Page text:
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Shamai, Michal

Michal Shamai (University of Haifa) – Welfare and Social Work Group head

Michal Shamai, Ph.D. is Associate Professor at the School of Social Work at the University of Haifa, Israel. Her research area focuses on the impact of potential traumatic events on micro and mezzo systems, such as, couples, families, community and helpers. Along her career she had received many research grants related to disasters created by war and terror (Israel Science Foundation, Educational Ministry, Ministry of Welfare and more). She is the author of many articles related to the impact of natural and human made disasters. In her research she uses quantitative and qualitative methodologies. In addition to her research activities Prof. Shamai has an extensive practice experience in psychosocial interventions with direct and indirect victims of war and terror; with communities during and after war and natural disasters; and with helpers (mainly social workers and educational psychologists) during and after disaster. Her research and practice experience was described in a book she authored: "Systemic interventions for collective and national trauma: Theory, practice and research" published by Routledge on 2016.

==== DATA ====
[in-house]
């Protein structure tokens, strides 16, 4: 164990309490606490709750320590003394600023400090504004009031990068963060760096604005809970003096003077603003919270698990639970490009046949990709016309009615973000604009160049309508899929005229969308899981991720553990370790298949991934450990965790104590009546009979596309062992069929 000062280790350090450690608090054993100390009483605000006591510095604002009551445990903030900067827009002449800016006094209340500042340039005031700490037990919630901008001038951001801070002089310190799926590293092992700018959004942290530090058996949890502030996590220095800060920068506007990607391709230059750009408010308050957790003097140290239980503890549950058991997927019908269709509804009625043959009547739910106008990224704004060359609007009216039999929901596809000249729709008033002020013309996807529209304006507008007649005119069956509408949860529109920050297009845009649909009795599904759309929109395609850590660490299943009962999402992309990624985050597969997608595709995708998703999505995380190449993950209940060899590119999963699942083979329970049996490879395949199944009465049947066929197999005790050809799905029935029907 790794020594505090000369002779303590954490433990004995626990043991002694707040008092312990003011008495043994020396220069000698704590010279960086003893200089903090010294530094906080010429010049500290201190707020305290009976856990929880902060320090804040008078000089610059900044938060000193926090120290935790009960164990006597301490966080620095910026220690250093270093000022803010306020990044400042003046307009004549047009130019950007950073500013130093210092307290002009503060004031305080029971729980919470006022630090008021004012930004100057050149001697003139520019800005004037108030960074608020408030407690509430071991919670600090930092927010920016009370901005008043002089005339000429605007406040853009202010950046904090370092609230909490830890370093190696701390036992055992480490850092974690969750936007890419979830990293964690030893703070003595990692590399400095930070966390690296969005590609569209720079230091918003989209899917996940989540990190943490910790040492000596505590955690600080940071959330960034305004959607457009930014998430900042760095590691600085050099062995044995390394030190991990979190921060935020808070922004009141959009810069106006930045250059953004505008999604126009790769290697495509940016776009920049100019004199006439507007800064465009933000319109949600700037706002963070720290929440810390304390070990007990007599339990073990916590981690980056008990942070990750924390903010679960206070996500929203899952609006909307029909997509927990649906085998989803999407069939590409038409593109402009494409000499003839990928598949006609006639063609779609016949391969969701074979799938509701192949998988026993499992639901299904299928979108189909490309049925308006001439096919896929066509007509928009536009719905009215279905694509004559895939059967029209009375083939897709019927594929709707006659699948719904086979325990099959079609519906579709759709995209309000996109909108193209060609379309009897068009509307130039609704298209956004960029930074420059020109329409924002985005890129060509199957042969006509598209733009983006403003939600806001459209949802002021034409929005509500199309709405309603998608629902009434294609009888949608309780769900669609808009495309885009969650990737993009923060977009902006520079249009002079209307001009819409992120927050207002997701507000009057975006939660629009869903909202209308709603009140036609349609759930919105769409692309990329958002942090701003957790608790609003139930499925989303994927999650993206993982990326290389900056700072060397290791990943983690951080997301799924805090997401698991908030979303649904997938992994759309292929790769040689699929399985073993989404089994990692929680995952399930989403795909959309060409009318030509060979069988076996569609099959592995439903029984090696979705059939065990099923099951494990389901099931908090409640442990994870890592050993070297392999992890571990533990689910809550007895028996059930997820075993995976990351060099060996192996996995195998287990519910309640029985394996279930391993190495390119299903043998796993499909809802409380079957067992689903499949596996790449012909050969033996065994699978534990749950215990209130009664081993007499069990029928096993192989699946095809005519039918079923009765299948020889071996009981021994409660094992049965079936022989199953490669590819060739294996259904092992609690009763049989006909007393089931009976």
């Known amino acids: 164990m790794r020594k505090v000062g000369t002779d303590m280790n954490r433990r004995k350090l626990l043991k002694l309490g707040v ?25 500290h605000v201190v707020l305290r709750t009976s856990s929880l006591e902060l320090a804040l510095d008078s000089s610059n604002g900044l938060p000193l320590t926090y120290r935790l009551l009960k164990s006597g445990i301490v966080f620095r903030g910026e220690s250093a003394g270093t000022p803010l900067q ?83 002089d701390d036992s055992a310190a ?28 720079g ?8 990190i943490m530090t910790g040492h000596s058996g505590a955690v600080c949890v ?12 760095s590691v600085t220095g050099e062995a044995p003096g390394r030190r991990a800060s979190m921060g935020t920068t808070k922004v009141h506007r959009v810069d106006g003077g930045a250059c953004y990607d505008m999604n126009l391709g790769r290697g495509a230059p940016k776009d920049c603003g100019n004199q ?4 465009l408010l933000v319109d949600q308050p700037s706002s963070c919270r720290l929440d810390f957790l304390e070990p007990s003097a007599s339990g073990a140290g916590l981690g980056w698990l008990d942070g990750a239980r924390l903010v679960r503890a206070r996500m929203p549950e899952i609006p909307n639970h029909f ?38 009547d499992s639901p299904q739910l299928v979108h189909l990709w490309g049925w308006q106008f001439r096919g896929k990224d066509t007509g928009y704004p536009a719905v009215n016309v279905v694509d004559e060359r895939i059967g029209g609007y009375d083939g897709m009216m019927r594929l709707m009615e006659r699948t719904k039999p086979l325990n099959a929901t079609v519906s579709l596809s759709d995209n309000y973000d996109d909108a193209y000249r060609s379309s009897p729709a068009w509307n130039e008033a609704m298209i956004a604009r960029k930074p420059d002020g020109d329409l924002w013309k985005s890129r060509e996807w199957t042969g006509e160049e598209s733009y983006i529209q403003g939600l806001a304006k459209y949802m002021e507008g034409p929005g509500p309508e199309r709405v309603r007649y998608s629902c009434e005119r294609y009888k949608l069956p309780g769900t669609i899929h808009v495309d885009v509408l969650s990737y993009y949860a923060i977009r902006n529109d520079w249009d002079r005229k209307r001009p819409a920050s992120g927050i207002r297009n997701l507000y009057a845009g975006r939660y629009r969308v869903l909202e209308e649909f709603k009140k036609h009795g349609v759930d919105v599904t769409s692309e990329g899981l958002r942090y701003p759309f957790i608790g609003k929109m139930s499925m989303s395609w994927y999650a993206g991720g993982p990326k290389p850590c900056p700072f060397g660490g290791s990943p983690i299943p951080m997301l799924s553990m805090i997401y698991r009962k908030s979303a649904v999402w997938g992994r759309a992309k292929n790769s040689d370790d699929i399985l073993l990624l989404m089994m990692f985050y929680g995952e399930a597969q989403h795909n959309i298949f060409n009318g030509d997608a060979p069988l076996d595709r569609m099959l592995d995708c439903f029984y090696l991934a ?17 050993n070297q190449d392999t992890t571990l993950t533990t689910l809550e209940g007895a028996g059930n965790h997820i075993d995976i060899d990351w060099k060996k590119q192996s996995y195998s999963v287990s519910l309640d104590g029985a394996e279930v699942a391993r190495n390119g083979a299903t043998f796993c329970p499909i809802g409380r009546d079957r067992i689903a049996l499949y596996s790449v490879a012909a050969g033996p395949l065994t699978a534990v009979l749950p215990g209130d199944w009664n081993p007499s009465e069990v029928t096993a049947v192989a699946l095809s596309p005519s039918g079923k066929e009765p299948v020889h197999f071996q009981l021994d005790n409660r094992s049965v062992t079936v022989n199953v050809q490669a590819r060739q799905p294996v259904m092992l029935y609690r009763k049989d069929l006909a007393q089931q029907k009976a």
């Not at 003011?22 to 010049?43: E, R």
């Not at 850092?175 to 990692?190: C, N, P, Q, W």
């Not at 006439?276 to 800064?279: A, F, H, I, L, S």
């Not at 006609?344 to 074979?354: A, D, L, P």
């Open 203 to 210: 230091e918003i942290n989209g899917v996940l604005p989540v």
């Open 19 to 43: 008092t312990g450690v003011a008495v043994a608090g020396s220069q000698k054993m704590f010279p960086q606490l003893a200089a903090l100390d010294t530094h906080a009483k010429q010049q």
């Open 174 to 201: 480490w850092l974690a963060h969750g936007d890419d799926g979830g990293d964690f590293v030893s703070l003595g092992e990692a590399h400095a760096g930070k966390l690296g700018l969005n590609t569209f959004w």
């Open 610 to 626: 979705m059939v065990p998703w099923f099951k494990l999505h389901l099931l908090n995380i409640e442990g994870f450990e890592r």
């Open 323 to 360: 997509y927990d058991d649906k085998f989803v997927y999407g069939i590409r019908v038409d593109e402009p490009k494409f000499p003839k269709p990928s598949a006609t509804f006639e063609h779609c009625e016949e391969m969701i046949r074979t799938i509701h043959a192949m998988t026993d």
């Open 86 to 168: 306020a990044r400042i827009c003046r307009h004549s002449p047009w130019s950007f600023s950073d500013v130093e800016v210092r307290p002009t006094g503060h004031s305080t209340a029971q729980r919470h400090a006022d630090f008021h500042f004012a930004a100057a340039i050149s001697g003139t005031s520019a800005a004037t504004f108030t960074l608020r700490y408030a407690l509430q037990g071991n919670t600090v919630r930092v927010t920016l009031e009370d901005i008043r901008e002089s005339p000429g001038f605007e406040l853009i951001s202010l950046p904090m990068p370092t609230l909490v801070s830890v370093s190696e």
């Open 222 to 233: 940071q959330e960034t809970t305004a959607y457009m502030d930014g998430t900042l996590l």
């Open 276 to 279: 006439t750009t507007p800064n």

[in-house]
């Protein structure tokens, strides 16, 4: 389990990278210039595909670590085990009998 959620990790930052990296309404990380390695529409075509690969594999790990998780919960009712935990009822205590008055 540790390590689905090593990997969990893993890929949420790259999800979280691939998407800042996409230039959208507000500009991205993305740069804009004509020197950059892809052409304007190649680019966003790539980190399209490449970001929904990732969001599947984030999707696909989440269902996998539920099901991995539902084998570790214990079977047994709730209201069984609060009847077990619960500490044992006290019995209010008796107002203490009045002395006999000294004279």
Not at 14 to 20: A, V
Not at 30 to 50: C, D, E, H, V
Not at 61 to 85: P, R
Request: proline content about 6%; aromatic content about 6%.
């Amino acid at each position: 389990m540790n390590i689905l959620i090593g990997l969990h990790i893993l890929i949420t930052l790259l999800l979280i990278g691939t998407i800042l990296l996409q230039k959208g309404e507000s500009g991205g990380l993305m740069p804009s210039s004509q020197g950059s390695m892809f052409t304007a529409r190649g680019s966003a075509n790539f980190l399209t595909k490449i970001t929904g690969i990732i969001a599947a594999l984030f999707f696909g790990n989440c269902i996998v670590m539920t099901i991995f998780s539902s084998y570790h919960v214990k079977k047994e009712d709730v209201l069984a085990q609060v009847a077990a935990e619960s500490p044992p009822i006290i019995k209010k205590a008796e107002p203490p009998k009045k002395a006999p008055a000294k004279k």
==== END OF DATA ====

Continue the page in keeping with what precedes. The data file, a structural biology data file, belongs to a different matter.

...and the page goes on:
She has participated in many academic conferences, including as invited and keynote speaker presenting her researches regarding the topics of war, terror and natural disasters. She was invited several times to the Israeli media (TV and radio) to discuss her areas of expertise. She is a member in the board of several journals (Family Process, Journal of Family Therapy and Contemporary Family Therapy) and reviewer in many journals in the field of social work, mental health and trauma. Prof. Shamai received two awards for her research on the area of collective trauma. The first award was given by the Israeli Union of Social Work (2014) –Prof. Jossef Katan Award for the contribution of the academic work to the field (practice). The second was given by the American Academy of Family Therapy – for innovative contribution of research and practice with families and systems living in war and threat of terror.